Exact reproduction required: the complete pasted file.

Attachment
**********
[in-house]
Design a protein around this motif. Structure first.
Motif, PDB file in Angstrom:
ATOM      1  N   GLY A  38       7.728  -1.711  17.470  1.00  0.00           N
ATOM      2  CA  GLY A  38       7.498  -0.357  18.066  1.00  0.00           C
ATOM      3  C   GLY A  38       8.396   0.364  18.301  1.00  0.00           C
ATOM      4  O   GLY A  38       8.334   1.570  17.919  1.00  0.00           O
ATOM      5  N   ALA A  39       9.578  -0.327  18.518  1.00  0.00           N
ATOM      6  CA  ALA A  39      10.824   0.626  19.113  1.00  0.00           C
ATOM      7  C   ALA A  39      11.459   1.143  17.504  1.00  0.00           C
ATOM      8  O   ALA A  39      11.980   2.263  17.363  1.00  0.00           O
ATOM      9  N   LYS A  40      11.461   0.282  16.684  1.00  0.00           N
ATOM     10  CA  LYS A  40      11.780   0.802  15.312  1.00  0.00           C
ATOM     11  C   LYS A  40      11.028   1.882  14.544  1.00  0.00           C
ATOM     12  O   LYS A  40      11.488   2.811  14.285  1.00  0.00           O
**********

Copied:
[in-house]
Design a protein around this motif. Structure first.
Motif, PDB file in Angstrom:
ATOM      1  N   GLY A  38       7.728  -1.711  17.470  1.00  0.00           N
ATOM      2  CA  GLY A  38       7.498  -0.357  18.066  1.00  0.00           C
ATOM      3  C   GLY A  38       8.396   0.364  18.301  1.00  0.00           C
ATOM      4  O   GLY A  38       8.334   1.570  17.919  1.00  0.00           O
ATOM      5  N   ALA A  39       9.578  -0.327  18.518  1.00  0.00           N
ATOM      6  CA  ALA A  39      10.824   0.626  19.113  1.00  0.00           C
ATOM      7  C   ALA A  39      11.459   1.143  17.504  1.00  0.00           C
ATOM      8  O   ALA A  39      11.980   2.263  17.363  1.00  0.00           O
ATOM      9  N   LYS A  40      11.461   0.282  16.684  1.00  0.00           N
ATOM     10  CA  LYS A  40      11.780   0.802  15.312  1.00  0.00           C
ATOM     11  C   LYS A  40      11.028   1.882  14.544  1.00  0.00           C
ATOM     12  O   LYS A  40      11.488   2.811  14.285  1.00  0.00           O